It came as no surprise when Professor Danny Quah, based at the London School of Economics claimed that Malaysia's sovereign debt is teethering towards the Greek abyss where our debt to GDP ratio will hit 70% by 2015 and may accelerate further to levels beyond 100% by 2020.
As it is, our debt has ballooned from RM242 billion in 2004 to RM363 billion in 2009, a sharp increase of 49.7%. This is despite the fact that over the same period, due to high oil prices, Petronas contributed RM217 billion to the state coffers.
It is hence important that this blatant abuse and mismanagement of government finances be rectified to ensure a sustainable future for the Malaysian economy and prevent a collapse like that suffered in Portugal, Iceland, Greece and Spain (PIGS).
What is however, completely shocking and unbelievably naïve is for the member of the National Economic Action Council (NEAC) is his prescription that the implementation of a new Goods and Services Tax (GST) “is something we desperately need because the traditional steady sources of revenue are literally drying up”.
Professor Danny Quah also said that “with a narrow tax revenue base, Malaysia has no choice but to implement the GST as a long-term solution, with a view to gradually raising the rate.”
The deterioration of Malaysian public finances is painful, but to prescribe GST as the ultimate cure is like prescribing Panadol to the patient who suffers from cancer.
Professor Danny Quah failed to emphasize the major cause for the current state of public finances today. Corruption has become increasingly rampant with Malaysia slipping down the Transparency International's Corruption Perception Index from 33rd globally in 2003 to a shameful 56th in 2009.
Corruption coupled with blatant wastage and inefficiencies created by rent-seeking and patronage, such as privatising profitable government owned entities at rock-bottom prices to cronies, the granting of licences and concessionaires to parties with vested interest without any form or tender or competition have led to billions siphoned from the Government. Such contracts have continued extensively under Datuk Seri Najib Abdul Razak's regime as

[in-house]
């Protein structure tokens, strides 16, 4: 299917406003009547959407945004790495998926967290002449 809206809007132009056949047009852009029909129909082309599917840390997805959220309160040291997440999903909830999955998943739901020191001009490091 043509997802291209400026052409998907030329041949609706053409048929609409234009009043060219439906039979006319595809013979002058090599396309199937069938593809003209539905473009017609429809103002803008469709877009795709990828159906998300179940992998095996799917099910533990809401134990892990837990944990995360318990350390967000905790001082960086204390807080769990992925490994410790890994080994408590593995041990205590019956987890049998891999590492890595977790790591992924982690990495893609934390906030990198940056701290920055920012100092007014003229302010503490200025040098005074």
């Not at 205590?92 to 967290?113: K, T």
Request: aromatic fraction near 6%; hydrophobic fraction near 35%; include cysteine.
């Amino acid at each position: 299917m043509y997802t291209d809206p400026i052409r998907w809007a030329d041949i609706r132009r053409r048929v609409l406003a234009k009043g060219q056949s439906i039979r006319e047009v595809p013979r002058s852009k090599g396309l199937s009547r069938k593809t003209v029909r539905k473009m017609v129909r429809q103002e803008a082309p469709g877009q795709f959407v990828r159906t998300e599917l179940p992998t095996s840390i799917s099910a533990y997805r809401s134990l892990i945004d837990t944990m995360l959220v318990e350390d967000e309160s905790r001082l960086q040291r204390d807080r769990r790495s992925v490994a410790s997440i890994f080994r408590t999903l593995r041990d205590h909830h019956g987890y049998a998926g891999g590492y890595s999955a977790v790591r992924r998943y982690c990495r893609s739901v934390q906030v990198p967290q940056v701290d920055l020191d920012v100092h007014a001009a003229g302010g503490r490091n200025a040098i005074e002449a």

a RM628 million contract was awarded to Naza TTDI to build Malaysia's largest exhibition and convention centre in exchange for a piece of land valued as much as RM1.5 billion,
a 20-year interest free loan of RM320 million extended to a private concession company SYABAS Sdn Bhd,
an opaque 3,000 acres Sg Buloh prime land development project which is expected to be awarded to Malaysian Resources Corporation Bhd (MRCB), via a Government joint venture with the Employees Provident Fund (EPF) and
a RM8 billion intent by the government to purchase 257 armoured personnel carriers from DRB Hicom Bhd for the astronomical amount of RM31 million each
Failure by the government to put in place good governance policies such as open and transparent tenders, curbing corruption, rent-seeking and patronage will cripple our public finances regardless of wheter GST is implemented or not.
To put it simply, if there's a hole in the pocket, and you are short of cash, no matter how much money you beg from the streets to squeeze into the pockets, you'd still lose all the money with the hole only getting bigger.
It isn't rocket science to solve our public finance problems, and it certainly doesn't take an economist from LSE to prescribe panadol to solve our cancer. To solve our public finance crisis, the Government just needs to plug the massive leaks by mending the big hole in the pocket.
The problem with our economy is hence the complete lack of political will by the Najib administration to be completely transparent, be ruthless in fighting corruption and eliminating political patronage and to uphold the principles of open tenders via merit and competition despite Najib's pledges to the contrary under the New Economic Model (NEM).
GST will on the other hand just give additional funds to refill the coffers of the Government and the BN leaders to enrich themselves, at the expense of the rakyat at large.